In Ontario, there are 12 different licence classes. Each one qualifies you to drive a different type of vehicle.
An Ontario’s driver’s licence is your proof of your privilege to drive. You must carry it with you whenever you get behind the wheel.
About Ontario Drivers’ Licences
There are passenger vehicle licence types and commercial (classified) vehicle licence types. You may hold a licence in more than one class, and licence types may be combined (e.g., an ABM licence).
The class of licence you have must match the type of vehicle you are driving. To earn a driver’s licence, you must meet a set of minimum requirements and complete the required tests.
Tests for cars, vans, and small trucks must be completed at a DriveTest Centre. Tests for motorcycles and commercial vehicles may be completed at a DriveTest Centre or at certain professional or academic organizations authorized by the Ministry of Transportation.
Driver’s Licence Photo Cards
Official Ontario driver’s licence photo cards are one piece, made of plastic, and include your digitized photograph and signature. An Ontario driver’s licence includes your name, address, date of birth, gender (M, F or X), height, licence class, date of licence issue, expiry date, and codes showing which classes of vehicles you may drive and any applicable conditions.
Temporary driver’s licences are short-term documents used by licensed drivers prior to receiving an official Ontario driver’s licence card in the mail. Temporary driver’s licences are valid for up to 90 days.
As a licence holder, you must keep your licence information up-to-date and renew your driver’s licence card periodically. If your driver’s licence expires, depending on the length of time it has been expired, you may need to reapply.
A driver’s licence and an Ontario Photo Card or a driver’s licence/photo ID card from another province, state or country cannot be held at the same time. If you have an Ontario Photo Card or a photo ID card from any other province, state or country, you must turn in your existing ID and any driver’s licences when applying for an Ontario driver’s licence.
Please inform DriveTest if you have ever held an Ontario Photo Card, even if it is expired or cancelled, when you apply for a driver’s licence. Not doing so may delay getting your driver’s licence.
If you have an Ontario Photo Card and want to get a driver’s licence, you must give up your Ontario Photo Card. Your Ontario Photo Card will be cancelled upon successful completion of the required testing. If you wish to re-apply for your Ontario Photo Card, you must give up your driver’s licence.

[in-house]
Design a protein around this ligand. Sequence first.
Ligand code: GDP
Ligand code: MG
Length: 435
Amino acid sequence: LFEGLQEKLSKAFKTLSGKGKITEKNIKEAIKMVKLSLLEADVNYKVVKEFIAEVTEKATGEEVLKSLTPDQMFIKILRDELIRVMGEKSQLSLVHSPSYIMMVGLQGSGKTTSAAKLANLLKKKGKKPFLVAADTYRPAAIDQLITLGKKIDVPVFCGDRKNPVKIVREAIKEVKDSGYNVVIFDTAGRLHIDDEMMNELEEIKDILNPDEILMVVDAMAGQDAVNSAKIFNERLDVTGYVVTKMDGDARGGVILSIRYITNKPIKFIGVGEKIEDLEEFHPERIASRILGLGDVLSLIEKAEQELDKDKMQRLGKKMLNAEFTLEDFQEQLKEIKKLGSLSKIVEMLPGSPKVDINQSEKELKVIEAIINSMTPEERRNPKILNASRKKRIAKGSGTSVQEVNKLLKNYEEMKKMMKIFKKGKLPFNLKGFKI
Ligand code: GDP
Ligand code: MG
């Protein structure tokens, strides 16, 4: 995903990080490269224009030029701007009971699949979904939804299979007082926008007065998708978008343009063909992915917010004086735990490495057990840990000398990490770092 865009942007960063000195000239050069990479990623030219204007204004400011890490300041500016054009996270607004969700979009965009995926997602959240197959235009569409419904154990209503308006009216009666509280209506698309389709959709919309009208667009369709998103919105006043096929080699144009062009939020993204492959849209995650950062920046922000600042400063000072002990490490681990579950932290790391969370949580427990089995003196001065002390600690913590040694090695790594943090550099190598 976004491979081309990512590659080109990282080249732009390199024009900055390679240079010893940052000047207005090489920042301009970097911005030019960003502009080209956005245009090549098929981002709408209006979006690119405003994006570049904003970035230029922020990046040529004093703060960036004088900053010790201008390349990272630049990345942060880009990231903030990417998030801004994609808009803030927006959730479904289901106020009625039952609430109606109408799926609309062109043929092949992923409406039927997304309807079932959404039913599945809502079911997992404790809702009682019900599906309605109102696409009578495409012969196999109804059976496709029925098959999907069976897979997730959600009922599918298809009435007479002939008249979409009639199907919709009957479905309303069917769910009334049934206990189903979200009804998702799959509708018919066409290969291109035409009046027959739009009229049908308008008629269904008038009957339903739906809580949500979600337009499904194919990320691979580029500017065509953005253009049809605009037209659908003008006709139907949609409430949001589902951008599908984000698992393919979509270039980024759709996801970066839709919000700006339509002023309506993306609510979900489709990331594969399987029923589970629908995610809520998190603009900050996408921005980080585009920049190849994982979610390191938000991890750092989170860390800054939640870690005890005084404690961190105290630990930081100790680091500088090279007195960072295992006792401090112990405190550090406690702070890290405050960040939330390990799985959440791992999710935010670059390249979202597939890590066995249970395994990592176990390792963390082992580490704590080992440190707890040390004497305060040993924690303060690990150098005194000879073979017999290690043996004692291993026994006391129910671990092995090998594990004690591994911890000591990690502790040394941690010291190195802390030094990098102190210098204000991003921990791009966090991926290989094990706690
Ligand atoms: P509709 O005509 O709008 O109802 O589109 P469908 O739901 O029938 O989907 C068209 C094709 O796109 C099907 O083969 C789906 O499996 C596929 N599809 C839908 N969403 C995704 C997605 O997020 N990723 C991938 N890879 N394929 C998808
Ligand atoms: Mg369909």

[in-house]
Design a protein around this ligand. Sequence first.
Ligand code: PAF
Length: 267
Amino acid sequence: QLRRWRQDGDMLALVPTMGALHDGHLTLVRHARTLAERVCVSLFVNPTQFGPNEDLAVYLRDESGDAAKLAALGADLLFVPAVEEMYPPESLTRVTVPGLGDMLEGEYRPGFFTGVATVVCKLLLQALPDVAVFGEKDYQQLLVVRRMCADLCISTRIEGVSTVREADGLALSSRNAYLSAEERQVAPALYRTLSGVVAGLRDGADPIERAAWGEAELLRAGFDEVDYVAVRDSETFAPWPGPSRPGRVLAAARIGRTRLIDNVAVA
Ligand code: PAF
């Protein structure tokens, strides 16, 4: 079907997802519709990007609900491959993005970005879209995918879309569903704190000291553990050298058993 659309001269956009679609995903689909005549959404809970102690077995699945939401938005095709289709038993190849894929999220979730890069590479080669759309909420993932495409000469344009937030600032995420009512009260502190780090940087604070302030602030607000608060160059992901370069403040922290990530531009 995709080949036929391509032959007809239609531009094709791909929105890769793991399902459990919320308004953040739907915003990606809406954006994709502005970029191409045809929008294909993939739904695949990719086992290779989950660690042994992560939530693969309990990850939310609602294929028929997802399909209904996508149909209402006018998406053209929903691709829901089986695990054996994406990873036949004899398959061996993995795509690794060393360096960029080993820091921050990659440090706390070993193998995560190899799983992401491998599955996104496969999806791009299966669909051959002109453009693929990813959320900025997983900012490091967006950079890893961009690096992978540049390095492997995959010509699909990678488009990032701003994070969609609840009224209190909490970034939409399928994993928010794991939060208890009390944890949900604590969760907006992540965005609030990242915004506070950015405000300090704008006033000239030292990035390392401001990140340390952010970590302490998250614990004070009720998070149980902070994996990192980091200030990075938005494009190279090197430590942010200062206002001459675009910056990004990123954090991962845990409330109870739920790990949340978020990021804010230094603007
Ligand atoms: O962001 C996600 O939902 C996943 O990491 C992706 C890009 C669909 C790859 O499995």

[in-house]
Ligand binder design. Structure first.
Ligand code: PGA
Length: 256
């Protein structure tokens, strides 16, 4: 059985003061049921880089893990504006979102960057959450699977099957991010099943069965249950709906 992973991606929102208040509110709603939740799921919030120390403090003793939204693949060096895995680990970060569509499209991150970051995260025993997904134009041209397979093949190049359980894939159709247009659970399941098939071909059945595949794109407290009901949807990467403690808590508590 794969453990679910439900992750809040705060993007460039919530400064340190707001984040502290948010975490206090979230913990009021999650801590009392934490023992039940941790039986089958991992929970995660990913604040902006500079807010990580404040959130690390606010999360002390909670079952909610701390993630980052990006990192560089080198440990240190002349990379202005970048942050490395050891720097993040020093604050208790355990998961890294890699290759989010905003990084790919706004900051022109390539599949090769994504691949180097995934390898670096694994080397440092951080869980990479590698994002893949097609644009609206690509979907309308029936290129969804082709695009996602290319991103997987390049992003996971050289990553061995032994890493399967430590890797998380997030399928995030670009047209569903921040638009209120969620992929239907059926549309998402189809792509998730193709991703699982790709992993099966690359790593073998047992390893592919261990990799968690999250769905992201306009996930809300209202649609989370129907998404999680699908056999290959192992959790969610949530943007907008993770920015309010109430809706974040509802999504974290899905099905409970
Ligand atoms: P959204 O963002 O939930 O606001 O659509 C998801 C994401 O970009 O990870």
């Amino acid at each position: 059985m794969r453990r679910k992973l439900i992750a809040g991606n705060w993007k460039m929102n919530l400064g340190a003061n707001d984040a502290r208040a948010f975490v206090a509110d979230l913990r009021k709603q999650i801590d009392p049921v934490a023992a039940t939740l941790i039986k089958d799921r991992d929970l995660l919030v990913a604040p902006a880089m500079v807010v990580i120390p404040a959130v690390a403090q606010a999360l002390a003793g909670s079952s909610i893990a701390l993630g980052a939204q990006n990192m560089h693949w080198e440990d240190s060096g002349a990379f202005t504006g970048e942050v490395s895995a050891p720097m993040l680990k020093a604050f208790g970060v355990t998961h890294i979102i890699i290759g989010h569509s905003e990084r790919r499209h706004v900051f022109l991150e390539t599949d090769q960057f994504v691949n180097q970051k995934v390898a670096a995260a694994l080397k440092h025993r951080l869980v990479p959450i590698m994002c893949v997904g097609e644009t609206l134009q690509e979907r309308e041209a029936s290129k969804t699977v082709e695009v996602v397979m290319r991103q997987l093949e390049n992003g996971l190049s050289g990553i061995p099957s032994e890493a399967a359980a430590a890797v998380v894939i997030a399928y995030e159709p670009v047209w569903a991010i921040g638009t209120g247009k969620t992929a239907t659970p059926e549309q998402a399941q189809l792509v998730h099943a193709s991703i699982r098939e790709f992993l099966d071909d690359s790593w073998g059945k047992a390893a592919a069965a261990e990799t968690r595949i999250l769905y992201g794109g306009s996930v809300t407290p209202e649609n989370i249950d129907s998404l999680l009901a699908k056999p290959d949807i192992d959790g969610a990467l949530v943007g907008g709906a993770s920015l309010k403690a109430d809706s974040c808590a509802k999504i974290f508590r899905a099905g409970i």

Minimum Requirements for Drivers’ Licences
Generally, the following are the minimum requirements for obtaining a driver’s licence in Ontario:
- You must be 16 years of age to be eligible (please note that the age requirement to pursue a commercial driver’s licence varies).
- A newcomer to Ontario who holds any type of driver’s licence from another province or country must apply for an Ontario driver’s licence within 60 days of moving to the province.
- You must present acceptable ID at the time of your application.
- You must meet medical requirements
- You must pay the applicable fees. (Fees are subject to change without notice.)
- You must pass a vision test, a knowledge test, and a road test(s)
Note to Experienced Drivers:
Ontario has licence exchange agreements with certain provinces, states, and countries. If you have previous driving experience outside of Ontario, that experience may be acknowledged through licence exchange privileges, reduced/waived testing requirements, or foreign licence experience credits. Specific conditions and requirements apply. Please see the Licence Exchange page for details.
Military DND (Department of National Defence) 404 permit holders (both active and retired members) may have driver’s licence testing requirements waived. Drivers with a DND 404 permit and a valid licence (within the last 3 years) issued by another Canadian licensing jurisdiction may be eligible, with appropriate ID and documentation, for Ontario licence classes A, C, D, F, G, and Z endorsement without testing and without surrendering their permit. Please see the Waived Testing Requirements for DND 404 Holders page for details.
Licence Types (All Classes)
There are 12 different licence classes that correspond to a variety of vehicle types.